AUGUSTA – The Professional Logging Contractors (PLC) of Maine is calling a decision by the U.S. Department of Agriculture (USDA) to deny the same aid U.S. farmers are receiving through the Coronavirus Food Assistance Program (CFAP) to timber harvesters and haulers unacceptable following the receipt of letters from USDA effectively announcing that decision by a bipartisan group of U.S. lawmakers across the nation last week.
On Sept. 18, President Donald Trump and USDA Secretary of Agriculture Sonny Perdue announced the launch of the nation’s second agriculture pandemic relief package, Coronavirus Food Assistance Program 2 (CFAP2). The new $14 billion package added tobacco, hemp and Christmas Trees to the list of eligible crops, yet as with the first CFAP package, timber was left off the list. More than $7 billion in payments to farmers were approved in the first month of CFAP2 alone. Zero dollars went to loggers.
In response, a bipartisan group of legislators from across the U.S. including Maine Senators Susan Collins and Angus King, and Maine Representatives Jared Golden and Chellie Pingree, fired off letters to Perdue seeking a change in CFAP that would allow loggers to qualify for aid.
On Nov. 18, Perdue replied to this urgent request with form letters simply stating forest products are not covered under CFAP2 and giving no indication that they ever will be. The application period for CFAP2 funding expires Dec. 11.
“This lack of action by the USDA in the face of an unprecedented crisis for the U.S. logging industry is unacceptable,” PLC Executive Director Dana Doran said. “We’ve seen billions of dollars in aid go to U.S. farmers and fishermen since the COVID-19 pandemic began, but no direct aid for the logging industry. It appears that the Trump administration and the USDA are perfectly willing to use loggers and log trucks in photo ops and campaign events while doing nothing to directly help the industry survive the economic effects of this pandemic.”
The U.S. farming industry has received billions in federal aid to offset losses from the U.S.-China Trade War since 2018, and this year received billions more to offset losses from the COVID-19 pandemic. Total federal aid to U.S. farmers in 2020 is already at record levels, reaching $40 billion by October. Though loggers are “farmers of the forest” harvesting a renewable crop, they have received no direct pandemic aid.
U.S. fishermen have received less federal aid than farmers for trade war and pandemic losses, but still millions more than loggers and timber haulers.
The U.S. Department of Agriculture announced Sept. 9 the creation of a $527 million seafood trade relief program that will pay licensed fishermen a species-specific amount for every pound of fish landed in 2019 to absorb sales declines and increased marketing costs caused by China’s retaliatory tariffs. The individual payout is capped at $250,000. If every pound qualified, Maine lobstermen alone could receive more than $50 million in seafood trade relief.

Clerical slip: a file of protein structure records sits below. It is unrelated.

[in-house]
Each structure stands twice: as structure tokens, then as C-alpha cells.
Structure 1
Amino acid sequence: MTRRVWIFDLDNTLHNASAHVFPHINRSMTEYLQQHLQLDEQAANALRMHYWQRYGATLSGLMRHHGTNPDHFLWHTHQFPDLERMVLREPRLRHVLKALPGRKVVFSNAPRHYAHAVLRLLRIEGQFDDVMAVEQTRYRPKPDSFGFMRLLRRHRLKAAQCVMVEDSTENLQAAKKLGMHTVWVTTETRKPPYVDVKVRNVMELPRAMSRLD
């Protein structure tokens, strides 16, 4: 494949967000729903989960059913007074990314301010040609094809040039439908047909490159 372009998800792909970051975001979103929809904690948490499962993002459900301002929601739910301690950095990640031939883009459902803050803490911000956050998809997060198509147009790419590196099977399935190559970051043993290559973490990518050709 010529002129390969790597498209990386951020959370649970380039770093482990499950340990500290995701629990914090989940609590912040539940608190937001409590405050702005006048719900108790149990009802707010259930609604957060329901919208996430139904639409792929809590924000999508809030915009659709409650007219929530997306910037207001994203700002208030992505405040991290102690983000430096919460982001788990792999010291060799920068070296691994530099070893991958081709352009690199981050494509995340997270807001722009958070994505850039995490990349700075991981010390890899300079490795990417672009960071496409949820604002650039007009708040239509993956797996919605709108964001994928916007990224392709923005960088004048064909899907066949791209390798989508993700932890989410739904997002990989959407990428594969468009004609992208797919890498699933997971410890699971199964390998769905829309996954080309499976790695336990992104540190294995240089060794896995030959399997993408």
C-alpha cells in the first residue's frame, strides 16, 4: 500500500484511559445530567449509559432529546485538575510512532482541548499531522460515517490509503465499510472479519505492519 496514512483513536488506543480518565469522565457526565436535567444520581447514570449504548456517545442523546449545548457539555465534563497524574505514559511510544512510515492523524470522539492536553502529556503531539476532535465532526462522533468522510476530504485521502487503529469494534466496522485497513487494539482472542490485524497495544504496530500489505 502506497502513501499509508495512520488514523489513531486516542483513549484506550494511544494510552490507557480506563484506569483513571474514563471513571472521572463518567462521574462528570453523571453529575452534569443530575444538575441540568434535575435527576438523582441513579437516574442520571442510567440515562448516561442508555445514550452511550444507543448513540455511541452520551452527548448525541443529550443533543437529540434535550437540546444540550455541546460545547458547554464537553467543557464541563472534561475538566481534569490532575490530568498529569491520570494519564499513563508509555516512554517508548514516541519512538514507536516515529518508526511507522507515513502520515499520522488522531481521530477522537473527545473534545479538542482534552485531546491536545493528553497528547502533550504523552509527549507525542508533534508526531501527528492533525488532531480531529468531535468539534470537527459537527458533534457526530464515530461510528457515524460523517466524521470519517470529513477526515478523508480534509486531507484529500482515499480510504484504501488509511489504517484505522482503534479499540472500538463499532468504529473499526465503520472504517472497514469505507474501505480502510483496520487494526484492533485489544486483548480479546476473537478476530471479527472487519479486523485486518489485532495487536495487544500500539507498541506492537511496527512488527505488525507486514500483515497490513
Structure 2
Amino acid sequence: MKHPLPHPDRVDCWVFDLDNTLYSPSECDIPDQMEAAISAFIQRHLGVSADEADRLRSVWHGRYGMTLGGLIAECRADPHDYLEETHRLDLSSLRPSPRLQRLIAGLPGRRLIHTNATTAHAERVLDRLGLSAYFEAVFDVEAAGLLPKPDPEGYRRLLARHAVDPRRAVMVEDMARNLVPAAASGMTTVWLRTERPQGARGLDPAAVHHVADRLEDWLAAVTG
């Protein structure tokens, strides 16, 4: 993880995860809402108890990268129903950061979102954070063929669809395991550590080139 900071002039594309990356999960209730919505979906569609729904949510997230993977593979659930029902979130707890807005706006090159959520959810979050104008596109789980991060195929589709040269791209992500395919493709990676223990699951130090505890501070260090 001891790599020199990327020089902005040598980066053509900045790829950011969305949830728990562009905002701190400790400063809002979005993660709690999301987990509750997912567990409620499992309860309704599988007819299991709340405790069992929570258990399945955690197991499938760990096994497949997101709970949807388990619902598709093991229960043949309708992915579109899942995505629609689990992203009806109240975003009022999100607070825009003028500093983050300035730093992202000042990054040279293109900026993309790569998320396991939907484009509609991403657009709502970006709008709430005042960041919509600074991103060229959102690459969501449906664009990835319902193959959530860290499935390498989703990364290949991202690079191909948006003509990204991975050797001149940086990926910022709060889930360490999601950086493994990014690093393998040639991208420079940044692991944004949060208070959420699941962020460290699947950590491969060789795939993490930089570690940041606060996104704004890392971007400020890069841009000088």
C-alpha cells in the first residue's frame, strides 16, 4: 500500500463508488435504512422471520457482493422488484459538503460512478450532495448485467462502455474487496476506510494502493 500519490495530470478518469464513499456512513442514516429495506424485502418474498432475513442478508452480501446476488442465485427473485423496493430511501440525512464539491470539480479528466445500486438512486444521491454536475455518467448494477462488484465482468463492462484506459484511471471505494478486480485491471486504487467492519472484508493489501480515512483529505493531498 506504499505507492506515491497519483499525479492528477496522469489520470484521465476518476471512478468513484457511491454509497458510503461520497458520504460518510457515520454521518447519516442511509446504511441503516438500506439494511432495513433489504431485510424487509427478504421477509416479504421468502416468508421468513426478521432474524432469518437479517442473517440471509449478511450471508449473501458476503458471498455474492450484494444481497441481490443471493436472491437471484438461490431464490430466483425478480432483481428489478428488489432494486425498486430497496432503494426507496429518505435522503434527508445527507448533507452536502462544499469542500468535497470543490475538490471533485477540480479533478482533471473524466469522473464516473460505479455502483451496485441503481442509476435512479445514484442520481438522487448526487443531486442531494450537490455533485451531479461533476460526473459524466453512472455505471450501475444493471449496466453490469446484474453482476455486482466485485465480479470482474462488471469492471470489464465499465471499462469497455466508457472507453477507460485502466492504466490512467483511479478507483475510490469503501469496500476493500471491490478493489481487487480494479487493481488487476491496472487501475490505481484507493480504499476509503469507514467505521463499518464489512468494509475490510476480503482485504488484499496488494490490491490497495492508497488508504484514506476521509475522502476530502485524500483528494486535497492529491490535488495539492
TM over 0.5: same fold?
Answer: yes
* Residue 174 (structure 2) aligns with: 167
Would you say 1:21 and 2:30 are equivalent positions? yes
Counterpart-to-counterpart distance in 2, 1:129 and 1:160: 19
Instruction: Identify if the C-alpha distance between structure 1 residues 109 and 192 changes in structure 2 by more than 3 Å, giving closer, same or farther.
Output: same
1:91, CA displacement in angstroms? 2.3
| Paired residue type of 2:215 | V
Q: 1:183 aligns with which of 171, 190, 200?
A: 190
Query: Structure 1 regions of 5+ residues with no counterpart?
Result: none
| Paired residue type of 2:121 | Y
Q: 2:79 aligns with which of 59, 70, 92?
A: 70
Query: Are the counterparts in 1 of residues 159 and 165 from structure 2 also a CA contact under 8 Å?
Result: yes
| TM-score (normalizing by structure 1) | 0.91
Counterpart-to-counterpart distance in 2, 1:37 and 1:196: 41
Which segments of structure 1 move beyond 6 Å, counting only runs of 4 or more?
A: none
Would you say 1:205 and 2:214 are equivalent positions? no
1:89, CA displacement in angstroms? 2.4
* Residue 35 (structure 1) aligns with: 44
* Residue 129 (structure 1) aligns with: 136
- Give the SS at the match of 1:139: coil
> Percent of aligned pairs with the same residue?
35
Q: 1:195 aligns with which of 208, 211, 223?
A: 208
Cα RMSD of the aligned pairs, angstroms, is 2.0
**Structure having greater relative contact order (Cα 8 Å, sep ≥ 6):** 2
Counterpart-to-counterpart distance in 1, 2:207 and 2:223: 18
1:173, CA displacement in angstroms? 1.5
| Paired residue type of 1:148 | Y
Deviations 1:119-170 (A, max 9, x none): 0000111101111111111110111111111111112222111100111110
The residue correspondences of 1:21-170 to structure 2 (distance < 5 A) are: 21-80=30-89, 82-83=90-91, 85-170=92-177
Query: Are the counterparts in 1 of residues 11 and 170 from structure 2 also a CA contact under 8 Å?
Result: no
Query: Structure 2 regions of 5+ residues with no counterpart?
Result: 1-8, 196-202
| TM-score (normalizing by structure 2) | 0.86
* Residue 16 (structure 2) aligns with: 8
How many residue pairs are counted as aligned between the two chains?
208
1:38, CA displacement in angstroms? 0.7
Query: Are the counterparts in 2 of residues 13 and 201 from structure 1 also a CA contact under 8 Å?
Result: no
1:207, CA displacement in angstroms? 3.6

Meanwhile, proposed bipartisan logger relief bills endorsed by Maine’s full Congressional delegation and representatives of other logging dependent states have not been acted on. Pleas from state logging associations have so far yielded no aid.
“We remain hopeful but increasingly skeptical that Maine timber harvesters and haulers who are suffering in the current crisis will not be forgotten and that federal aid like that provided to farmers and fishermen will reach our industry before it is too late to save the family businesses and communities that depend on it,” Doran said. “Maine’s heritage industries of fishing, farming, and logging need support in this time of crisis, yet loggers have been left to fend for themselves as farmers and fishermen receive help. This must change if the industry is to survive.”
An analysis generated for the American Loggers Council (ALC) showed that this year’s decrease in raw wood material consumption over the first six months of 2020 alone had led to a $1.83 billion reduction in the value of logger/trucker-delivered wood. The report, conducted by the analytics firm Forests2Market, found that raw wood material consumption between January-July 2020 was 6.7% less than the same period in 2019 – dropping 21.4 million tons of material. This resulted in a 13% reduction ($1.83 billion) in value of the delivered wood.
Most Maine logging contractors who are members of the PLC are reporting a 30-40 percent reduction in wood markets. Many are suffering severe revenue losses, layoffs, loss of clients, reduced productivity, and inability to plan for the future. The loss of the Pixelle Specialty Solutions pulp mill in Jay to an explosion has amplified the issues for the state’s industry.
Maine’s story is very consistent with other timber producing states across the country where mills have reduced their consumption of wood during the COVID-19 pandemic as a result of reduced or lost markets. Combined with high operating costs and low returns on investments, this collapse in wood demand threatens the survival of logging and log hauling businesses and means that harvesting capacity throughout the United States could be deeply reduced by this crisis.
“Time is running out for Maine loggers and truckers,” Doran said. “We appeal to our leaders in Washington D.C. to act before it is too late and provide aid to the logging industry while there is still a viable industry to save.”
Maine’s loggers are a vital part of the state’s forest products sector, which is worth an estimated $7.7 billion annually.
The logging industry contributed an estimated $619 million to the Maine economy in 2017, supported more than 9,000 jobs directly or indirectly, generated $342 million in labor income, and pumped an estimated $25 million into state and local tax coffers.